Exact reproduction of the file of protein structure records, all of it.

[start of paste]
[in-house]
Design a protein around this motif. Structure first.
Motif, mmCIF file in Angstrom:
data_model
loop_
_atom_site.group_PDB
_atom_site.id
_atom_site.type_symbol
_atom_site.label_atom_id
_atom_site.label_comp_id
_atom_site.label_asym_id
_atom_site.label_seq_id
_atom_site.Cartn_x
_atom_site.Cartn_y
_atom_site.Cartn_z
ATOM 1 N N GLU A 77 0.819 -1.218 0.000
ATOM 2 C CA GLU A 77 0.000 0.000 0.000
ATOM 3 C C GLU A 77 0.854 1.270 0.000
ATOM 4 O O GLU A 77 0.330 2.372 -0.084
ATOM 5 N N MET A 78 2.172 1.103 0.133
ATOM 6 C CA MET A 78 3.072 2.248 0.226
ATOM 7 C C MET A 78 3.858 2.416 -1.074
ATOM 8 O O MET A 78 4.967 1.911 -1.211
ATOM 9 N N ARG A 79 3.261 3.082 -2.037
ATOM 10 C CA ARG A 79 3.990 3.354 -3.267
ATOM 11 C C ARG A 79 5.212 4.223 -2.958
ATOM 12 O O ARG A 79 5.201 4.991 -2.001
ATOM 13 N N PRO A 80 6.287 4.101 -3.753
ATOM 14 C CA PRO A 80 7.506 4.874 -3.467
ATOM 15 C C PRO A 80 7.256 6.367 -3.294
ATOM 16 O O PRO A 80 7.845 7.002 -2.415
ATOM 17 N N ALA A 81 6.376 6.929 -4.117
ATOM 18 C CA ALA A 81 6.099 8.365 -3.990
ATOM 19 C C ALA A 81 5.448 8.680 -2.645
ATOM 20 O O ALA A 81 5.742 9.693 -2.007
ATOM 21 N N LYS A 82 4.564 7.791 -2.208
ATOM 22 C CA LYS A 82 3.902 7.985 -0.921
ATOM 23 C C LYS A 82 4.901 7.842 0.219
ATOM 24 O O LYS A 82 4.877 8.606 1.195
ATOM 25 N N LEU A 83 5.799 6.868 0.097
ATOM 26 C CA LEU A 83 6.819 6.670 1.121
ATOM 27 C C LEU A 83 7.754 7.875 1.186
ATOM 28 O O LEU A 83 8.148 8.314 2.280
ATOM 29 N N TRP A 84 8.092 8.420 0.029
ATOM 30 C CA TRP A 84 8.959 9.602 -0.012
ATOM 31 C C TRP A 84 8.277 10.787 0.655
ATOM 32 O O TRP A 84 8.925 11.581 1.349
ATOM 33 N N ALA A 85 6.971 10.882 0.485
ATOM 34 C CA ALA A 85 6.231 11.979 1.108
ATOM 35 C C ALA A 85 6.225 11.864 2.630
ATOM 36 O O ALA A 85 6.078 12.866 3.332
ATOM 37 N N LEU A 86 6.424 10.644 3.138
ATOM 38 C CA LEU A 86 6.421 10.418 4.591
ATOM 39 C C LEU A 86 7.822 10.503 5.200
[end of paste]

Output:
[in-house]
Design a protein around this motif. Structure first.
Motif, mmCIF file in Angstrom:
data_model
loop_
_atom_site.group_PDB
_atom_site.id
_atom_site.type_symbol
_atom_site.label_atom_id
_atom_site.label_comp_id
_atom_site.label_asym_id
_atom_site.label_seq_id
_atom_site.Cartn_x
_atom_site.Cartn_y
_atom_site.Cartn_z
ATOM 1 N N GLU A 77 0.819 -1.218 0.000
ATOM 2 C CA GLU A 77 0.000 0.000 0.000
ATOM 3 C C GLU A 77 0.854 1.270 0.000
ATOM 4 O O GLU A 77 0.330 2.372 -0.084
ATOM 5 N N MET A 78 2.172 1.103 0.133
ATOM 6 C CA MET A 78 3.072 2.248 0.226
ATOM 7 C C MET A 78 3.858 2.416 -1.074
ATOM 8 O O MET A 78 4.967 1.911 -1.211
ATOM 9 N N ARG A 79 3.261 3.082 -2.037
ATOM 10 C CA ARG A 79 3.990 3.354 -3.267
ATOM 11 C C ARG A 79 5.212 4.223 -2.958
ATOM 12 O O ARG A 79 5.201 4.991 -2.001
ATOM 13 N N PRO A 80 6.287 4.101 -3.753
ATOM 14 C CA PRO A 80 7.506 4.874 -3.467
ATOM 15 C C PRO A 80 7.256 6.367 -3.294
ATOM 16 O O PRO A 80 7.845 7.002 -2.415
ATOM 17 N N ALA A 81 6.376 6.929 -4.117
ATOM 18 C CA ALA A 81 6.099 8.365 -3.990
ATOM 19 C C ALA A 81 5.448 8.680 -2.645
ATOM 20 O O ALA A 81 5.742 9.693 -2.007
ATOM 21 N N LYS A 82 4.564 7.791 -2.208
ATOM 22 C CA LYS A 82 3.902 7.985 -0.921
ATOM 23 C C LYS A 82 4.901 7.842 0.219
ATOM 24 O O LYS A 82 4.877 8.606 1.195
ATOM 25 N N LEU A 83 5.799 6.868 0.097
ATOM 26 C CA LEU A 83 6.819 6.670 1.121
ATOM 27 C C LEU A 83 7.754 7.875 1.186
ATOM 28 O O LEU A 83 8.148 8.314 2.280
ATOM 29 N N TRP A 84 8.092 8.420 0.029
ATOM 30 C CA TRP A 84 8.959 9.602 -0.012
ATOM 31 C C TRP A 84 8.277 10.787 0.655
ATOM 32 O O TRP A 84 8.925 11.581 1.349
ATOM 33 N N ALA A 85 6.971 10.882 0.485
ATOM 34 C CA ALA A 85 6.231 11.979 1.108
ATOM 35 C C ALA A 85 6.225 11.864 2.630
ATOM 36 O O ALA A 85 6.078 12.866 3.332
ATOM 37 N N LEU A 86 6.424 10.644 3.138
ATOM 38 C CA LEU A 86 6.421 10.418 4.591
ATOM 39 C C LEU A 86 7.822 10.503 5.200